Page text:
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A simple and inexpensive plug-in range extender like this one from TP-Link may be all you need to improve signal quality in your office. Ray Christ/
Before you buy anything, the first thing you’ll want to try is repositioning your router to make your connection stronger. For best results, keep it outdoors, ideally as high as possible. If you can change the position of the antennas, try experimenting with that as well. To increase the speed, it is enough to move them at different angles. If the router is on the bottom and you’re trying to boost the signal on the top, try moving one or more of the antennas to a horizontal position. These antennas tend to transmit the Wi-Fi signal at a perpendicular angle, so a horizontal antenna will emit a vertically oriented signal that is more likely to hit the top.
There is one more thing to check before buying anything and that is your router channel. The 2.4 and 5 GHz frequency bands that your router uses to send its signals are divided into several channels, just like the TV channels you might receive with an antenna. Your router uses one channel at a time, and if you’re using the same channel as your neighbor, for example, this interference can slow down your connection.
To change this channel, go to your computer’s router settings. The best options are channels 1, 6, and 11, which do not overlap with each other, but your router may also have an “auto” setting that can determine the best channel for your situation.
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If none of that works, it might be time to upgrade your hardware. Pluggable range extenders are an option, and you have many options that don’t cost much. Your best bet is to choose one made by the same company that makes your router. It doesn’t have to be fast, most aren’t, but as long as it can handle speeds above 50Mbps or so, you should be able to surf the internet like you normally would, including video calling.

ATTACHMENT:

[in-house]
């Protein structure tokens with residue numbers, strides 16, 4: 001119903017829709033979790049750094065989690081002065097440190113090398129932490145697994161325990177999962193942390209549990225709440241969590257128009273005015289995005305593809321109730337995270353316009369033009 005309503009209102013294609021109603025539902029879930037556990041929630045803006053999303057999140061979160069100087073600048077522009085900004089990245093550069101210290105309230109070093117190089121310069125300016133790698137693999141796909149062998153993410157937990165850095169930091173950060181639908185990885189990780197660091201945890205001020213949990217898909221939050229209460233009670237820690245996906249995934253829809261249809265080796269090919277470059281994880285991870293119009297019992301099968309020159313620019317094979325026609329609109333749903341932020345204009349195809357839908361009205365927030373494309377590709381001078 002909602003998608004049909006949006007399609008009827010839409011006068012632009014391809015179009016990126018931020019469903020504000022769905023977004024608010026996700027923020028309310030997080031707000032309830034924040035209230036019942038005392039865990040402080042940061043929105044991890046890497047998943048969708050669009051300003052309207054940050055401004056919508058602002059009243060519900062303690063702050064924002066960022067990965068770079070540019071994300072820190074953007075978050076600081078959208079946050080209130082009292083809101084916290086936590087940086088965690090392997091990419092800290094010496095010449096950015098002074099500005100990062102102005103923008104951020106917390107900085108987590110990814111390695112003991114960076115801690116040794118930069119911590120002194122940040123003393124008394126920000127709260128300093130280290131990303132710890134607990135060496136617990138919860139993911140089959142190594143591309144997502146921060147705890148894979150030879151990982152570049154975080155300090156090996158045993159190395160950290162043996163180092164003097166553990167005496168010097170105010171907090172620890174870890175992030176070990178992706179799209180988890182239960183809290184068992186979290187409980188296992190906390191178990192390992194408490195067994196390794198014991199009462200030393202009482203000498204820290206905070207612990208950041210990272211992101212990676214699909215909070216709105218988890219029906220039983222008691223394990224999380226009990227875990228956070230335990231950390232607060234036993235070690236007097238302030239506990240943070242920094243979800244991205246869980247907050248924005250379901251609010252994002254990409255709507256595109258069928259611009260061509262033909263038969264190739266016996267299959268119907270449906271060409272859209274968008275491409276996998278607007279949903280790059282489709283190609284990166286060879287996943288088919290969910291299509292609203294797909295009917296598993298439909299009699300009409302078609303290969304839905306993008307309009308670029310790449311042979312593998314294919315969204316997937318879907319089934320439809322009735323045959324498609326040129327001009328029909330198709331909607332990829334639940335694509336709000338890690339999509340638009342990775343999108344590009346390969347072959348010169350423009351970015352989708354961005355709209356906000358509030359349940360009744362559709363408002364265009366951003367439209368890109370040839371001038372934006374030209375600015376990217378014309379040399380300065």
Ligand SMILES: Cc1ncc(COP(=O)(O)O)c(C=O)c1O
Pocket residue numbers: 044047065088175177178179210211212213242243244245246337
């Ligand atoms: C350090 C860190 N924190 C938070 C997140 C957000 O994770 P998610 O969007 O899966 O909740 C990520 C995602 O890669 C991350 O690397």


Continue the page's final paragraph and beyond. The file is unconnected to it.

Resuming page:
This is the standard I used when I recently tested a few plug-in range extenders in my home and a much larger smart home where speeds are limited to 150Mbps. With only one router providing connectivity, speeds in remote rooms fell well below the 50Mbps threshold, but with a good range extender to improve connectivity, average speeds throughout the home improved significantly.
The TP-Link RE605X performed best with sustained download speeds of at least 130Mbps on Wi-Fi 5 and Wi-Fi 6 client devices throughout the location. Available now for $100 at Target, this is my top recommendation in this category. For something even cheaper, consider the TP-Link RE220. It doesn’t support Wi-Fi 6, but it worked well in my small home tests and is usually available for less than $30.
Another option is to completely upgrade your router. If you’re interested in range, you’ll want to move multipoint mesh routers that include range-extending satellite devices to the top of the list. Again, you have plenty of options to choose from and we’ve tested and reviewed several of the newest systems on the market. Of these, my favorite is the $233 TP-Link Deco W7200, but similar systems from Asus, Eero, Netgear, and Nest are also worth considering.
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Don’t need a mesh router and just want something fast, simple and affordable? The Asus RT-AX86U is a solid upgrade at $250, and for more value, you might want to consider the TP-Link Archer AX21, which costs less than $100. Both support Wi-Fi 6 and worked well in my home tests.
So back to the scenario where your kids come home from school, stream Disney Plus and play Fortnite while you try to work. There are a few things you can do to prevent their internet traffic from affecting yours.
The first and easiest is to make sure you are using different frequency bands. Most routers operate on the 2.4 GHz and 5 GHz bands, and many split these bands into two separate networks that you can connect to. 5 GHz band is faster and 2.4 GHz band is better.